In fact, the Russian government, in a way, has embraced and tried to short-circuit the West's strategy of "naming and shaming" those involved with today's latter-day spy games.

When the British government charged two GRU officers by name with the nerve agent attacks that killed and injured people in Great Britain, the men appeared on TV in Russia. They explained that yes, they had visited the town of Salisbury, where the poisonings had taken place — but they simply wanted to visit its famous cathedral.

When the Justice Department charged a Russian woman who's been accused of being a bookkeeper for Moscow's influence-mongering operations, she appeared in a video of her own: I'm just a simple accountant, she proclaimed. I don't even speak English! But she did say she hoped that America would, ultimately, be made great again.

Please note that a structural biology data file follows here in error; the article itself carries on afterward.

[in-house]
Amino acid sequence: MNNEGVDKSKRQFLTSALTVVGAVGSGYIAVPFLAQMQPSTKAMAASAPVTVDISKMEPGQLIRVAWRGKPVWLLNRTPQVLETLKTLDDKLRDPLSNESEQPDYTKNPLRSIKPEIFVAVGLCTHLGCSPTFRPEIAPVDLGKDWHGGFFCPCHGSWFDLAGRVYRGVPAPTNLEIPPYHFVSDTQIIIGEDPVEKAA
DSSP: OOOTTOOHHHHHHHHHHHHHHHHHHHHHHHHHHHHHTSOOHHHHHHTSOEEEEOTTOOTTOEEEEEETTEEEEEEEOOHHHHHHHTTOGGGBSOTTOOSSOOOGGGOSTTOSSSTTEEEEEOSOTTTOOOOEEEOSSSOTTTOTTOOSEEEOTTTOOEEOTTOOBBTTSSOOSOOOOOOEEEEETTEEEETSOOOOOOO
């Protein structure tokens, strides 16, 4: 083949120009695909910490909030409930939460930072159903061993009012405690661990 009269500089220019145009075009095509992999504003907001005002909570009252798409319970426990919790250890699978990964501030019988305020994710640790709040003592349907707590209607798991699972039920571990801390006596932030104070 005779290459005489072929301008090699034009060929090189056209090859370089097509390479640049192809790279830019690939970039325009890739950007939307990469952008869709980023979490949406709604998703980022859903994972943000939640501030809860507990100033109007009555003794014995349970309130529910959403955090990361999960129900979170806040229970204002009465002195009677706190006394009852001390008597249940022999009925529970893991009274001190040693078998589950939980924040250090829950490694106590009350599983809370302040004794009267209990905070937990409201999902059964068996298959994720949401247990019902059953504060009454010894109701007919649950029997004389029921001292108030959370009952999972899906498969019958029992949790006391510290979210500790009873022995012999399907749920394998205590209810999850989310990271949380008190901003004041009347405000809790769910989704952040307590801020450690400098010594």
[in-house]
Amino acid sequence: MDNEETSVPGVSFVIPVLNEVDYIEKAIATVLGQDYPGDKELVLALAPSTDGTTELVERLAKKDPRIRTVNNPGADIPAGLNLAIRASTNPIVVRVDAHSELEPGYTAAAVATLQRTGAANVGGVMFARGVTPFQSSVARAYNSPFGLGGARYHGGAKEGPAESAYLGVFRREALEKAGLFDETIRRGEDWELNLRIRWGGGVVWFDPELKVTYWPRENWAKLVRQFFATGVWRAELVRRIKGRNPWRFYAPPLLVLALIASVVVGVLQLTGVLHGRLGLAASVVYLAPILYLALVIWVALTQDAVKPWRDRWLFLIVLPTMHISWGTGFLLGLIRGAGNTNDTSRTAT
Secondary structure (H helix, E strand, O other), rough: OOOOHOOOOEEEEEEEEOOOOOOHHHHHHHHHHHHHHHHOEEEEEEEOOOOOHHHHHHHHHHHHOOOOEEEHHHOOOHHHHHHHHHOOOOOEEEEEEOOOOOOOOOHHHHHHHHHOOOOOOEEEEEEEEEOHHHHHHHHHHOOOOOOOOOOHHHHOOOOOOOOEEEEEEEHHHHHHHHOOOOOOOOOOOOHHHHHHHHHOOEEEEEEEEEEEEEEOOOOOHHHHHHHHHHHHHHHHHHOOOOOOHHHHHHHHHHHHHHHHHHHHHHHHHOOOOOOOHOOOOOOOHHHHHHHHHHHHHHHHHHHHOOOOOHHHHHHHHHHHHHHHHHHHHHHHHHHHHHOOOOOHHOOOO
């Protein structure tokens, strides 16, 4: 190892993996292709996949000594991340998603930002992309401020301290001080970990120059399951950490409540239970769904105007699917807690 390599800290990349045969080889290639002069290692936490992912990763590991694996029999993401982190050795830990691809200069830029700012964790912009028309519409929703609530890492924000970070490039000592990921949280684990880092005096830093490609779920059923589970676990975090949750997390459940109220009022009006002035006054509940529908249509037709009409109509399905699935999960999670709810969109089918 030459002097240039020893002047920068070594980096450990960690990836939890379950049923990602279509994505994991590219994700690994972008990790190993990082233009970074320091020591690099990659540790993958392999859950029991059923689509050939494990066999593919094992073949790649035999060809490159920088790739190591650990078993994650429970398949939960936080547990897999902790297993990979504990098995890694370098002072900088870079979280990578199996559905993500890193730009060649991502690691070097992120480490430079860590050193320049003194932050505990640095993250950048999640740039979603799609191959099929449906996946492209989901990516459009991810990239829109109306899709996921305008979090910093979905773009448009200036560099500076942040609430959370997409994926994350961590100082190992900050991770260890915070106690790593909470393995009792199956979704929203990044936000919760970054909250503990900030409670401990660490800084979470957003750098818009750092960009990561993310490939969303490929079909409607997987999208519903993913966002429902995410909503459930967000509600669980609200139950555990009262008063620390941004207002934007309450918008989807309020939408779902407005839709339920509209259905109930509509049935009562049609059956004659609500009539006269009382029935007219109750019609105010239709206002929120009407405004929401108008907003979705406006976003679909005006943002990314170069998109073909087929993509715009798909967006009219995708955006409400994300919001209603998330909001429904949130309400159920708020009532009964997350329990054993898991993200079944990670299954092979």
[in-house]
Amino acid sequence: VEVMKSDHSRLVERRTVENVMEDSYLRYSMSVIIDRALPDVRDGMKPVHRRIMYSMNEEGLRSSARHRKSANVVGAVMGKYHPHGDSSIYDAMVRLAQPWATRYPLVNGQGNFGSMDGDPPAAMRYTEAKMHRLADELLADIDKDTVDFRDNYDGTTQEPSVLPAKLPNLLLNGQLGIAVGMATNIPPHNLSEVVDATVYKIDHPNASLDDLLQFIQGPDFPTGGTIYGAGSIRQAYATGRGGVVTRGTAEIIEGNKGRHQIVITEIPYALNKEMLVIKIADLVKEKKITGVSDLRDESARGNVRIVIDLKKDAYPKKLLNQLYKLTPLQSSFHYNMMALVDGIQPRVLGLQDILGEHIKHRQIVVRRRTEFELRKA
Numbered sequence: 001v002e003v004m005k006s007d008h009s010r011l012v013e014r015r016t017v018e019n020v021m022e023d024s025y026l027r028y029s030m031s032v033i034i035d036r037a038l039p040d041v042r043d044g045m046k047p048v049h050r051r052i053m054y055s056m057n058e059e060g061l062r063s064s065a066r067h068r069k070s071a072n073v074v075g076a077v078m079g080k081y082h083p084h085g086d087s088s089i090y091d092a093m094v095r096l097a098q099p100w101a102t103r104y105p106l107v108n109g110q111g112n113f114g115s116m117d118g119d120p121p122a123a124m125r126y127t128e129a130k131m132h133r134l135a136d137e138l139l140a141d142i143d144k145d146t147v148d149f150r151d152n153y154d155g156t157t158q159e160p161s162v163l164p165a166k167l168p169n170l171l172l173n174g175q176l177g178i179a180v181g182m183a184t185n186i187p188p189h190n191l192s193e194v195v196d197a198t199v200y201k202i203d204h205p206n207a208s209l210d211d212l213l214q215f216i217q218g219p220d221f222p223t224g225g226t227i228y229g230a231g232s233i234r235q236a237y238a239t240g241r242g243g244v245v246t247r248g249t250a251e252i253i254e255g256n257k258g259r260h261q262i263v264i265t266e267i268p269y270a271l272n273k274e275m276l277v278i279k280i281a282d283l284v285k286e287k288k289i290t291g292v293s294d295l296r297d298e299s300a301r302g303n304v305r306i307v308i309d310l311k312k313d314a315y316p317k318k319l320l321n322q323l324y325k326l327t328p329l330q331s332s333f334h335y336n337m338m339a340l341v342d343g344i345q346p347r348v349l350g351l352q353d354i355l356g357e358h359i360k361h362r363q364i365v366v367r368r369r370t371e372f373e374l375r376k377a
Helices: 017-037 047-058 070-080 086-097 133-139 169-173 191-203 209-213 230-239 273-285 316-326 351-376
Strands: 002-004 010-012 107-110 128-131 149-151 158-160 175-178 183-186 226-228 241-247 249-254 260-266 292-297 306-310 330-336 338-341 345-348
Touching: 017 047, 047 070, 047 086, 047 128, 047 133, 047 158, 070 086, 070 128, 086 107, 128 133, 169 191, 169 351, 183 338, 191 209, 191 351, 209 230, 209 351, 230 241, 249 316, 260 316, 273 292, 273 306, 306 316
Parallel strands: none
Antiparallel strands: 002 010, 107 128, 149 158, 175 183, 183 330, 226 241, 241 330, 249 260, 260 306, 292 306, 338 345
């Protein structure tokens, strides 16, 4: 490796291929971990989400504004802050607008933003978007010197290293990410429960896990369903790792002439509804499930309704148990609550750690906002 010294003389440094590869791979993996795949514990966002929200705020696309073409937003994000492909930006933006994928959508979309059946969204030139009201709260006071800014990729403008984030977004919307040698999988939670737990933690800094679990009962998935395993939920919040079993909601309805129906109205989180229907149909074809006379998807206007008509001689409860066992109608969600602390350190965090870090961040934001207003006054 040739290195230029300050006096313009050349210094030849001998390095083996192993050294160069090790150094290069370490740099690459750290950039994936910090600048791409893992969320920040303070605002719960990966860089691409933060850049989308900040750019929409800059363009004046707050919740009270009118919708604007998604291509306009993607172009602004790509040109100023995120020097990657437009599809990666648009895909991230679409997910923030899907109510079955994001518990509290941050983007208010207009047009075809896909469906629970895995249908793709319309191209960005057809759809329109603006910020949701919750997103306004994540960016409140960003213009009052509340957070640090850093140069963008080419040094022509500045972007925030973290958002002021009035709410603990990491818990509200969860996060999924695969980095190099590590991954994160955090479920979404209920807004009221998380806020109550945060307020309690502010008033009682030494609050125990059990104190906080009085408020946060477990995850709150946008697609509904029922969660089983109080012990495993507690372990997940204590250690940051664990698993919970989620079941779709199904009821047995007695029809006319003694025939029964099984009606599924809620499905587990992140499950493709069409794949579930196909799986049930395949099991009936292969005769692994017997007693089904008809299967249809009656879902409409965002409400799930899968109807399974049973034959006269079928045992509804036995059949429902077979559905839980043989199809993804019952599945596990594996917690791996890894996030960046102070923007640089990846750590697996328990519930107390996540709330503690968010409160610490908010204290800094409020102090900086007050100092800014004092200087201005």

Trolling of this magnitude has become an important feature of statecraft among the great powers in the 21st century — China's foreign ministry executed a gem of its own by positing that Beijing could close its trade surplus with the United States by buying four notoriously expensive nuclear-powered aircraft carriers from the U.S. Navy.

(That is unlikely.)

Now that relations among the United States and these sometime antagonists have reached this tenor, it raises the question question about how much difference CyberCom might make with its reported campaign of digital shoulder-tapping.

And what else the U.S. military and intelligence community might be doing.

Copyright 2021 NPR. To see more, visit https://www.npr.org.

Philip Ewing is an election security editor with NPR's Washington Desk. He helps oversee coverage of election security, voting, disinformation, active measures and other issues. Ewing joined the Washington Desk from his previous role as NPR's national security editor, in which he helped direct coverage of the military, intelligence community, counterterrorism, veterans and more. He came to NPR in 2015 from Politico, where he was a Pentagon correspondent and defense editor. Previously, he served as managing editor of Military.com, and before that he covered the U.S. Navy for the Military Times newspapers.